Jessica DaMassa cracks her whip and in just 2 minutes gets answers out of me about the bidding for #athenahealth, the new clinics at #Amazon, the #FDA approving #NaturalCycles as a contraceptive, and the tech giants getting on stage unprompted at ONC’s Blue Button 2.0 day to tell the world that they are going to fix the interoperability problem. Oh, and a shout out to THCB’s 15th birthday–Matthew Holt
ONC Signals a Shift From Documents to Interfaces
All of you Meaningful Use and Health IT junkies should read Data for Individual Health Although long, it’s definitely worth a scan by everyone who cares about health tech. This is the third JASON-related report in a year out of ONC and it comes a month or so before the planned release of the first details of ONC’s announced 10yr plan. I think there’s a reason for that much of it introduced by ONC’s earlier post.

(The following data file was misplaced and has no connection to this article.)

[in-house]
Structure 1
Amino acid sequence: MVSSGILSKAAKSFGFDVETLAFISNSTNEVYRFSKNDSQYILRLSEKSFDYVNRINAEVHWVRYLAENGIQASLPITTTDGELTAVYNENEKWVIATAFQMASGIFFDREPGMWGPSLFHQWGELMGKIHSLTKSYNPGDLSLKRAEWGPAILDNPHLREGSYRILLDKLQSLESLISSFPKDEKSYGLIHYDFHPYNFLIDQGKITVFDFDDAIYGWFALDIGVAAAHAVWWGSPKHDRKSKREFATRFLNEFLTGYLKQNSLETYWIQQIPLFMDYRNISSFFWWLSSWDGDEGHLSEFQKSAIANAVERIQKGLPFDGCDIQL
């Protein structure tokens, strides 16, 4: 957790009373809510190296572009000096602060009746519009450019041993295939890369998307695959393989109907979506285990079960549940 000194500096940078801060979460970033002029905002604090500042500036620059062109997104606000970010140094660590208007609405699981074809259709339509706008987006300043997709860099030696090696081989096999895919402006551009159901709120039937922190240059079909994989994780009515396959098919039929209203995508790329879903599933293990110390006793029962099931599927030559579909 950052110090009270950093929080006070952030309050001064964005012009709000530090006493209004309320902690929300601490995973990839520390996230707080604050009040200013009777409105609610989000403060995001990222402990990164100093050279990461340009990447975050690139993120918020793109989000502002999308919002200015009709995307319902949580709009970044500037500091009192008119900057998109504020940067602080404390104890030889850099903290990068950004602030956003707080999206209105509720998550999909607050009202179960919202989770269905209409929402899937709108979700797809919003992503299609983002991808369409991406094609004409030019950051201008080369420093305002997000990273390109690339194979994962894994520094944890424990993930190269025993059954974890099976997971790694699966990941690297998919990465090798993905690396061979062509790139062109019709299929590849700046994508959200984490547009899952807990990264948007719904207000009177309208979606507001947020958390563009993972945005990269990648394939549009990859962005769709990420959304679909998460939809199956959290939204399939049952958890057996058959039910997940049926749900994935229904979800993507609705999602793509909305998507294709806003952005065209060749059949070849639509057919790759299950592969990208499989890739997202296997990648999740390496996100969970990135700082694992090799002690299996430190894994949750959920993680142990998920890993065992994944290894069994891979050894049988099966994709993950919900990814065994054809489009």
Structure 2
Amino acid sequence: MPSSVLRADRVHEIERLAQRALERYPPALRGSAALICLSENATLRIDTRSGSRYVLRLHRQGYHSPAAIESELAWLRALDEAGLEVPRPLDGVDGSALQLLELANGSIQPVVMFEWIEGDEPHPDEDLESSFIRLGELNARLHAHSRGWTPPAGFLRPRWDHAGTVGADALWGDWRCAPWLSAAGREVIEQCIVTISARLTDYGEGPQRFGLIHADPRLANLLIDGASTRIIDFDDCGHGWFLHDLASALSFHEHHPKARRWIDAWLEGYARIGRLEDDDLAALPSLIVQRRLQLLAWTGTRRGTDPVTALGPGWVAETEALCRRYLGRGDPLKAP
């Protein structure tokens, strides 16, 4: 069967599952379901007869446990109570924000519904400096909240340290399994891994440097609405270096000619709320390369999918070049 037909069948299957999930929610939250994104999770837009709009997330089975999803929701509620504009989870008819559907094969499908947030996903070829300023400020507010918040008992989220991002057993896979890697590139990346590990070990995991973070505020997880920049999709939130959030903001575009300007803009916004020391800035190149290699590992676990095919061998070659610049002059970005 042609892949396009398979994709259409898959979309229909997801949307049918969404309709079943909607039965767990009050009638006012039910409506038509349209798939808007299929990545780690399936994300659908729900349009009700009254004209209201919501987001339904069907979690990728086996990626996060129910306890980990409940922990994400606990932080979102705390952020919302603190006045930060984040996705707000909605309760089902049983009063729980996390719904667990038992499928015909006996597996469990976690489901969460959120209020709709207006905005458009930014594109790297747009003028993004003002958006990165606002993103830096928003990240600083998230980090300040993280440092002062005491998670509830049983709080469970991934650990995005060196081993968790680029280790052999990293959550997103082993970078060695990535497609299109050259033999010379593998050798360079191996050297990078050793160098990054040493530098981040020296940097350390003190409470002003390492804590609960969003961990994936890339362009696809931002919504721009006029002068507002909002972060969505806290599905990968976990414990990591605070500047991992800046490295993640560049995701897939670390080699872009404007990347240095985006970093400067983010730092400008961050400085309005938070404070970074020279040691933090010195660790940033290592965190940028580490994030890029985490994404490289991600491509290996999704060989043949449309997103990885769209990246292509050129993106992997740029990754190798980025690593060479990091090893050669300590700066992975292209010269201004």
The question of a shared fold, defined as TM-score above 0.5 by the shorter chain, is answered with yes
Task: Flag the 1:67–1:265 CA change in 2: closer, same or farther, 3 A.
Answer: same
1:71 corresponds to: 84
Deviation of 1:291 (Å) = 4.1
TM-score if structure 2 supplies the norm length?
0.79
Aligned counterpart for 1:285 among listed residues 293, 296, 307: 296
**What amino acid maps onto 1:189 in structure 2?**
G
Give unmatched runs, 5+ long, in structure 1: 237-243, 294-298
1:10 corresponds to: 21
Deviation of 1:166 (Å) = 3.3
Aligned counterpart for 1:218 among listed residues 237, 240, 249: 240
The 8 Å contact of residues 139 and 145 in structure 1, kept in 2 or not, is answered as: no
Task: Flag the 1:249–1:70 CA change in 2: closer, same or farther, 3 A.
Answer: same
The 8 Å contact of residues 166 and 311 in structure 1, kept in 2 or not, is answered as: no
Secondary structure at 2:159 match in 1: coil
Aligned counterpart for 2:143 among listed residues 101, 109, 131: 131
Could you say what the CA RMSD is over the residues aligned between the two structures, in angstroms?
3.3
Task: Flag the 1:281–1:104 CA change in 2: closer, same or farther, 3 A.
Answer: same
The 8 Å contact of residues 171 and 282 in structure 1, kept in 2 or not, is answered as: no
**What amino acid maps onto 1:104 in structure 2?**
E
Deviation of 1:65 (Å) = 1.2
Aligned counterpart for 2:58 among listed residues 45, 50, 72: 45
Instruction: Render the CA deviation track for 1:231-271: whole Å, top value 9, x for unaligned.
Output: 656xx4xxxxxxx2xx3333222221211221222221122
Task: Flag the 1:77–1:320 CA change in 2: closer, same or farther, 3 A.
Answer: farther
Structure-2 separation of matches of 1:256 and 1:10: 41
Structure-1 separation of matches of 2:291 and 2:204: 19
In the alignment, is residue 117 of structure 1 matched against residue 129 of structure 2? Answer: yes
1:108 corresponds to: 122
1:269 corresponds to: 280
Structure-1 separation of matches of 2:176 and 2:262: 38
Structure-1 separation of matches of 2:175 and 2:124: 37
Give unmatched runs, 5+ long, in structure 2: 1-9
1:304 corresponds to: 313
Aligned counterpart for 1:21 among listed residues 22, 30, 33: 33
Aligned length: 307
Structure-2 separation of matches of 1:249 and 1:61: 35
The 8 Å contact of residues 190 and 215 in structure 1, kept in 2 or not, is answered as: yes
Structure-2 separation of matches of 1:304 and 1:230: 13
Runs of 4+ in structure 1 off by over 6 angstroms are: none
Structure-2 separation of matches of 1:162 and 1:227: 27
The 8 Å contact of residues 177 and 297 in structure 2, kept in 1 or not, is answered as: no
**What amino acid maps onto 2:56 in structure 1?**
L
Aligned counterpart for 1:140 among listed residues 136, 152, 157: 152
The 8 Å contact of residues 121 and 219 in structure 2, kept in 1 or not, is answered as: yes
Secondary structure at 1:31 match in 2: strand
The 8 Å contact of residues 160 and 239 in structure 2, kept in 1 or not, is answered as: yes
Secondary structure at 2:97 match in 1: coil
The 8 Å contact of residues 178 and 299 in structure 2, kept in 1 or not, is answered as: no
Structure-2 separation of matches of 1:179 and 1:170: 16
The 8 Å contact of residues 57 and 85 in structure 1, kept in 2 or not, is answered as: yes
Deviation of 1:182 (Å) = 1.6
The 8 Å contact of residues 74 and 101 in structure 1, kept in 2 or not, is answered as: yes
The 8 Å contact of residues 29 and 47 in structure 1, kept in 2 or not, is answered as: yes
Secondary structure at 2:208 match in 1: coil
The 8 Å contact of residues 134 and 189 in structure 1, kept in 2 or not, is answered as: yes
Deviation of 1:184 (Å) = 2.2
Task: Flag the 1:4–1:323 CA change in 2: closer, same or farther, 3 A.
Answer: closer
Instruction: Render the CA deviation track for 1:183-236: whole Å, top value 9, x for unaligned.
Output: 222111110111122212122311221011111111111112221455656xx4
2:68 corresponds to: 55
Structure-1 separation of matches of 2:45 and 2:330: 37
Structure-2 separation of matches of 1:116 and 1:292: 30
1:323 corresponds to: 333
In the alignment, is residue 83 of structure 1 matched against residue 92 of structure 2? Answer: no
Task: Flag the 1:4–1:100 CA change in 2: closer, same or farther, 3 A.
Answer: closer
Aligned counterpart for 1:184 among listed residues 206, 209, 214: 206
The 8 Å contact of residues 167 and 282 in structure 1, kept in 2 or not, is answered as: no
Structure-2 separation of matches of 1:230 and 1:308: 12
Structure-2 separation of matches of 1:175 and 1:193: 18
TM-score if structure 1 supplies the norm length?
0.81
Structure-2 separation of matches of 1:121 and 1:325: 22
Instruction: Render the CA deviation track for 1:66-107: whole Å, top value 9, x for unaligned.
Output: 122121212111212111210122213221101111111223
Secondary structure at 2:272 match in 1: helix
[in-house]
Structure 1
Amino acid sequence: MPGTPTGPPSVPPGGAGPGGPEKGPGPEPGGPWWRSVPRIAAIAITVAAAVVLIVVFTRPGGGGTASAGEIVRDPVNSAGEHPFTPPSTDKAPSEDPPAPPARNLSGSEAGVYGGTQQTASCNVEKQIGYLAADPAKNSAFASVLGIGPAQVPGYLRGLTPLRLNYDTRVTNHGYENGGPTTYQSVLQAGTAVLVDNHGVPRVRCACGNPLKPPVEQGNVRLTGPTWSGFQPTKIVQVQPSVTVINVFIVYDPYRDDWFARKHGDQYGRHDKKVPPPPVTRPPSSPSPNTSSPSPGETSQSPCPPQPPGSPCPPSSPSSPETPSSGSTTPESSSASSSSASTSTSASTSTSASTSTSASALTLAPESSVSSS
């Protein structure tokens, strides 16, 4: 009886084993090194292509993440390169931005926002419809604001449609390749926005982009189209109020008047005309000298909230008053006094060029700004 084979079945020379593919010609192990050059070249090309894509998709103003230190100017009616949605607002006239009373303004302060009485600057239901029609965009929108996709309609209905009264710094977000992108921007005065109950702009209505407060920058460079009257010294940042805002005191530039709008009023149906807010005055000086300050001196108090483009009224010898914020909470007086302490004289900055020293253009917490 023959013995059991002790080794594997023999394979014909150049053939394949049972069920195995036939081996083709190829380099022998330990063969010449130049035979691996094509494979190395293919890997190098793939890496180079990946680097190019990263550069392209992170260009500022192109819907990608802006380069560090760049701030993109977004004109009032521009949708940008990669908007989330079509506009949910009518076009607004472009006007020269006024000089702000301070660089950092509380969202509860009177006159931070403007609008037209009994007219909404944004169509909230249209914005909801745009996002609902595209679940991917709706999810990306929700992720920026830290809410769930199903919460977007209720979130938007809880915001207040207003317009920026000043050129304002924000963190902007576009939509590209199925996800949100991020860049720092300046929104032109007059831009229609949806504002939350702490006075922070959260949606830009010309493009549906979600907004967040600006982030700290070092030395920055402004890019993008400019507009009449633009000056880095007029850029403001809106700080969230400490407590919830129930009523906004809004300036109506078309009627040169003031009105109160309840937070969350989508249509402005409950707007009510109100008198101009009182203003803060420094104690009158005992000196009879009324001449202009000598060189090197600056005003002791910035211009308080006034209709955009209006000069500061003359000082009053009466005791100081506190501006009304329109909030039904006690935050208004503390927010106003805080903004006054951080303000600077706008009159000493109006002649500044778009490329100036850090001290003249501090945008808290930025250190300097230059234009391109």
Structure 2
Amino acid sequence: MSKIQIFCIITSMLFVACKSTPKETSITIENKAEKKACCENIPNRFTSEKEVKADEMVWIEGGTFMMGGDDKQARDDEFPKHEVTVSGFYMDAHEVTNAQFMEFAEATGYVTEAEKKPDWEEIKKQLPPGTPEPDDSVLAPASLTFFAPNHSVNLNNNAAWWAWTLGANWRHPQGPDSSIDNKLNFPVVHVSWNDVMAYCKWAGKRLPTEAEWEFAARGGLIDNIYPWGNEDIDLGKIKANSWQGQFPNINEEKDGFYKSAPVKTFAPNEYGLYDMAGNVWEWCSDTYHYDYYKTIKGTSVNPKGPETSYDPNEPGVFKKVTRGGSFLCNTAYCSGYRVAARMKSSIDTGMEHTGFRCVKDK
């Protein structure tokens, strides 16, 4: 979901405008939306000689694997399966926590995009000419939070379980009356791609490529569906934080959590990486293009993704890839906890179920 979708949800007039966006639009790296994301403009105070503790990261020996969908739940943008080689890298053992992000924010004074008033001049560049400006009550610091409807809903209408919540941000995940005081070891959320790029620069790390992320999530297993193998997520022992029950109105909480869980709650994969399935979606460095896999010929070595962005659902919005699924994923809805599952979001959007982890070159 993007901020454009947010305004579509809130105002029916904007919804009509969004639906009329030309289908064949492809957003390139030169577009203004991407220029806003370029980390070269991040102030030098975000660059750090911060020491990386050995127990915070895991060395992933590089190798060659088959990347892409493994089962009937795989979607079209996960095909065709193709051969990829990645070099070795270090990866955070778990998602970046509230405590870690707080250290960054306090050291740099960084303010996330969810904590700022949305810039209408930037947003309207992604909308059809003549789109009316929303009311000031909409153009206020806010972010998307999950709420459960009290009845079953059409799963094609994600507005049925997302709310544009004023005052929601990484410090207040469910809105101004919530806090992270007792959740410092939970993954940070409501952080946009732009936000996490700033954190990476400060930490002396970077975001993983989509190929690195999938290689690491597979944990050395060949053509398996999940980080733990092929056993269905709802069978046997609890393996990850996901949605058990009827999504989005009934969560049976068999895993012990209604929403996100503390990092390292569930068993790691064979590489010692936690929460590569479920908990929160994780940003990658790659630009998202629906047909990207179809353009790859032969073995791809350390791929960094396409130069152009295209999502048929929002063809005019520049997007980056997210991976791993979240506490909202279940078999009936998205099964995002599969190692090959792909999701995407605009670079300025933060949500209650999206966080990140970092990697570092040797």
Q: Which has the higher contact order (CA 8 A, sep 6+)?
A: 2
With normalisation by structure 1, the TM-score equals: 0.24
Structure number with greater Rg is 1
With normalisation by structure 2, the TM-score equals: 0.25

There are three key points I would highlight:
First, and most important, this report suggests that HIPAA Covered Entities (mostly hospitals, doctors and their EHRs) are no longer the center. The future, labeled as the Learning Health System, now makes mobile and patient-centered technology equally important as part of the architecture and talks about interoperability with them rather than “health information exchange” among HIPAA CE’s and their Meaningful Use mandates.
Second, this JASON report, unlike the previous two, does not talk about Meaningful Use any more. That money is spent. A lot of orgs are lobbying against any more MU mandates and, although I’m pretty sure there will be a Stage 3, it could be toothless or very much delayed.
Third, Direct, the original Blue Button, Blue Button Plus Push, and CCDA files are pretty much history. Although the JASONs don’t say it as plainly as I am, document-based interoperability has failed and we’re moving on to Application Programming Interfaces (APIs) that don’t use CCDA or any of the stuff mandated by MU 1 and 2. Blue Button Plus Pull and FHIR, both with a modern industry-standard OAuth security scheme, are the future for all sorts of good reasons which you need to read the JASON reports with some care to understand. It’s all there.
Health Data Outside the Doctor’s Office